Five Educators Honored for Teaching Excellence

Five Hanover Educators Honored for Teaching Excellence
Posted on 11/09/2021
HCPS LogoThree Hanover County Public Schools teachers have received the 2021 R.E.B. Awards for Teaching Excellence and another two were finalists for the esteemed award, which recognizes them as outstanding teachers who demonstrate a sincere passion for teaching while also serving as mentors, coaches, and champions for their students.

Dr. Michael Gill, Superintendent of Schools, announced each winner and finalist of the distinguished award at their school during faculty meetings last week. Combined, the three winners will receive cash grants of $39,300 to travel the world to continue their own learning and bring it back to the classroom. Nominated by students, parents, and colleagues, the educators are among 17 winners from across the Richmond region chosen by the Community Foundation and the R.E.B. Foundation as being considered among the best in their field.

“Our teachers continue to rise to the occasion to serve our students and their families, and I am incredibly proud of the extraordinary efforts of this group of educators on their nomination for this prestigious award. Their passion for and commitment to educating students represents the very best of Hanover County Public Schools,” said Dr. Gill. “The experiences they will encounter thanks to these grants will allow them to provide even greater learning opportunities for our students.”

Lucretia Davis, the orchestra director and strings teacher at Oak Knoll Middle School and Hanover High School, received $12,900 to explore the cultural influence of classical music by visiting iconic cities in Northern Italy, Austria, and Germany.

“Personally, the award helps to propel my educational journey during this insanely straining time in education and our nation. I feel more empowered to pursue my love of teaching as I seek National Board Teacher Certification,” said Davis, who has taught in Hanover for 16 years. “More importantly, for my current, former, and future students, it provides recognition for orchestral training in schools and validation that the performing arts and performing arts educators are extremely impactful.”

Jonathan Frame, who teaches Virginia, U.S., and Advanced Placement European History at Atlee High School, will use the $14,200 he received to travel the U.S. and Europe to create an immersive podcast experience called, “Voices for the Voiceless: the Student Experience.”

“I want to make sure that every one of my students feels heard, loved, and supported,” Frame said. “I value this award because it has the students in mind at all times and is meant to support them.”

Nicole Yeaney, who teaches English to students of other languages at Atlee High School, Chickahominy Middle School, Oak Knoll Middle School, Hanover High School, and The Georgetown School, received $12,200 to travel to Taiwan, Brazil, and Colombia to study the culture and deepen empathy for the culture shock that multilingual learners face.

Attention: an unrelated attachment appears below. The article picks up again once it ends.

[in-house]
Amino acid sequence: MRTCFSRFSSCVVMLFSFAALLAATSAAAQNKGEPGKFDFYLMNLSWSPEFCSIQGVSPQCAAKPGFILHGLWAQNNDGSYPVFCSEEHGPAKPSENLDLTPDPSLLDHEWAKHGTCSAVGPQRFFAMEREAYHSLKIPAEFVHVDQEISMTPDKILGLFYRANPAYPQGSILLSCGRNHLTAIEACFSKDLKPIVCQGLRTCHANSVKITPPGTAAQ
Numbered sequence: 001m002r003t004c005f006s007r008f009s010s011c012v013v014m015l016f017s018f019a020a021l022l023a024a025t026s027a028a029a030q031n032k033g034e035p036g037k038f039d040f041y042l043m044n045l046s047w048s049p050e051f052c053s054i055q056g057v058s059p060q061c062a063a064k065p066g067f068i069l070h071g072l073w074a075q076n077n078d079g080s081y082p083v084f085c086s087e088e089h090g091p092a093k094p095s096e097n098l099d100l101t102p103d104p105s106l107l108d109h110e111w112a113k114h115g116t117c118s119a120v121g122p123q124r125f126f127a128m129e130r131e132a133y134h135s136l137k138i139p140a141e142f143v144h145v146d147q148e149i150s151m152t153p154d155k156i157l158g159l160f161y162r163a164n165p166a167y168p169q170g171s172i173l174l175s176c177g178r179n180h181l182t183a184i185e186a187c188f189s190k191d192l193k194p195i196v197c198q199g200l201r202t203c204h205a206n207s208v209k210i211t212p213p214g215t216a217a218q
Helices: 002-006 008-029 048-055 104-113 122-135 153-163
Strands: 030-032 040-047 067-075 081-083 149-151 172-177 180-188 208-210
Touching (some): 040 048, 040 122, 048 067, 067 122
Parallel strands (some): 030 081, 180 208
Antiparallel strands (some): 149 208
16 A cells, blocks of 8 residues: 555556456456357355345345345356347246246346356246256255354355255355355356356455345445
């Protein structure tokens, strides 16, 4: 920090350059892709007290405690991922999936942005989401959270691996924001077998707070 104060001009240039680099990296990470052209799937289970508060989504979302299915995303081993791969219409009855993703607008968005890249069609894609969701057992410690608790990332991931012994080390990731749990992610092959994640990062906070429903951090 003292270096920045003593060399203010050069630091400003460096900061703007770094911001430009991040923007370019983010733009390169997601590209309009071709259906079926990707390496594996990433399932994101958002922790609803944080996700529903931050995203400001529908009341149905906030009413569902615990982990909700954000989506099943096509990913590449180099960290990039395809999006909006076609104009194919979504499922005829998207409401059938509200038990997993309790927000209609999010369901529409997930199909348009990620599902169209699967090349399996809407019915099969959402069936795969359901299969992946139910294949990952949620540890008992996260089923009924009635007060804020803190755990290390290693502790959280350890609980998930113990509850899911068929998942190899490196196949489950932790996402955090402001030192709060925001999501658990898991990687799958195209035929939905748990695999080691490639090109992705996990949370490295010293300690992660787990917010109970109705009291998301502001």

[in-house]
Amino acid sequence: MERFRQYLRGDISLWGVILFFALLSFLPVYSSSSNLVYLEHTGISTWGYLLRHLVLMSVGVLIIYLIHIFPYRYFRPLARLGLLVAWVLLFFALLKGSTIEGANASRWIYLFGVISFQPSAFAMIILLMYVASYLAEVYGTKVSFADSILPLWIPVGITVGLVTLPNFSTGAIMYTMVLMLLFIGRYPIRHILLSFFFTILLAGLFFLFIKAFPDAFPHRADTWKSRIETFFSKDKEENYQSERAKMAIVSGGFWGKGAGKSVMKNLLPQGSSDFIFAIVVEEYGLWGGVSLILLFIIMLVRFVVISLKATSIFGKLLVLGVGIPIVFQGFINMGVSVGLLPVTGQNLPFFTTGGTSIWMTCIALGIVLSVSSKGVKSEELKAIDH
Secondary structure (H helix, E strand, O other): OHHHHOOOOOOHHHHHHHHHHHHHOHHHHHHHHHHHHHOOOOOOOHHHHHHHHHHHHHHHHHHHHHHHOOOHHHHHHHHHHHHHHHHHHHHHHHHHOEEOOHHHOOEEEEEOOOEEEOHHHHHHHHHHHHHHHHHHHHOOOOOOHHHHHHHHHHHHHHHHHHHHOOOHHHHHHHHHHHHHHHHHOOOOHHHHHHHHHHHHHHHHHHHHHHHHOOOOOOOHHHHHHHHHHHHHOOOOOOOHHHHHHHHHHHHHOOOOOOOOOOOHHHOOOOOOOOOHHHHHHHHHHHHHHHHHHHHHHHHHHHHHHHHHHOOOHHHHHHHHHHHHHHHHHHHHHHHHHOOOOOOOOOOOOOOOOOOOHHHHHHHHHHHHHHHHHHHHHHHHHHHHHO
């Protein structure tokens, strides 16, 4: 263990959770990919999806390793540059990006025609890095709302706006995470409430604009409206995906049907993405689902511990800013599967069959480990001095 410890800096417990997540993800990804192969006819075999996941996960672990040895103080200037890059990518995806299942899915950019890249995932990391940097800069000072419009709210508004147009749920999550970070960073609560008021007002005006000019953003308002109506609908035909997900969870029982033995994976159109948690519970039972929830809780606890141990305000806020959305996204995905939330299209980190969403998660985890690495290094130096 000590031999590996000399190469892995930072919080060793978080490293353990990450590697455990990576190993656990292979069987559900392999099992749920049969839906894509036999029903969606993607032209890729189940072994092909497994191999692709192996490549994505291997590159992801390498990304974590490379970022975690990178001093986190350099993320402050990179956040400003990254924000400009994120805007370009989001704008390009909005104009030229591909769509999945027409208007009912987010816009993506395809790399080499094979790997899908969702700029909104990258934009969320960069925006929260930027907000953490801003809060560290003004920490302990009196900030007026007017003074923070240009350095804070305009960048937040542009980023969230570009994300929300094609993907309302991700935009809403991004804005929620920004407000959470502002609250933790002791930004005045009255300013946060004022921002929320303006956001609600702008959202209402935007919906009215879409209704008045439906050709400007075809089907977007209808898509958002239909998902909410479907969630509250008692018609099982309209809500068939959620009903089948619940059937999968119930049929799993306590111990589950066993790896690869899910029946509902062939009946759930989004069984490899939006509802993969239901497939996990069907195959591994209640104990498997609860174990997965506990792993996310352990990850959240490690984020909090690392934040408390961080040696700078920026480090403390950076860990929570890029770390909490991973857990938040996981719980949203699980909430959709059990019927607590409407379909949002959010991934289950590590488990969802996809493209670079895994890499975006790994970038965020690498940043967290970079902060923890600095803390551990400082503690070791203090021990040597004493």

“To be recognized with an R.E.B. Award means having the opportunity to deepen my empathy for the culture shock that multilingual learners face, and to develop my understanding of the cultures represented in my class by traveling to Taiwan, Brazil, and Colombia,” Yeaney said. “I am really looking forward to meeting the families of my former students. The families of our multilingual learners have so much to be proud of. Their students’ courage and tenacity when headed into unfamiliar environments is truly awe-inspiring. It is with the dedication and collaboration with other teachers in the county that we can continue to empower our outstanding multilingual learners to thrive in our community.”

In addition to the three winners, Justin Blunt of Oak Knoll Middle School and Michele Moore of Battlefield Park Elementary School were chosen as finalists and will receive a $1,000 in recognition of their achievements in the classroom.

“It is an honor to be recognized by my colleagues, individuals that I hold in high regard and respect. Being considered excellent by the Community Foundation and R.E.B. Foundation and the teachers and staff in my building, who I see excel daily, is humbling and very special to me,” said Blunt, an eighth-grade civics and economics teacher who has taught for 19 years. “This is a profession I hold dear and enjoy each day and year after year, being able to connect with and work with my students through the tough days and the joyful ones. Teaching is a passion of mine and where I feel I belong, to be recognized as a REB Finalist helps validate that and it is an honor that I am extremely thankful for!”

Said Moore: “I am humbled by this honor as I teach with so many others who are just as deserving of this honor. Teaching is a challenging profession yet so rewarding. Teachers have the opportunity and duty to leave a legacy for future generations who will lead our world. No other job is as important.”

The awards program, which is a partnership between the Community Foundation for a greater Richmond and the R.E.B. Foundation, recognizes excellence in public education by awarding cash grants to outstanding public school teachers from the City of Richmond, the counties of Chesterfield, Henrico, and Hanover, and the Department of Correctional Education. Since its inception in 1988, the program has awarded approximately $4.4 million to over 985 public school instructors as recognition for their outstanding classroom performance.
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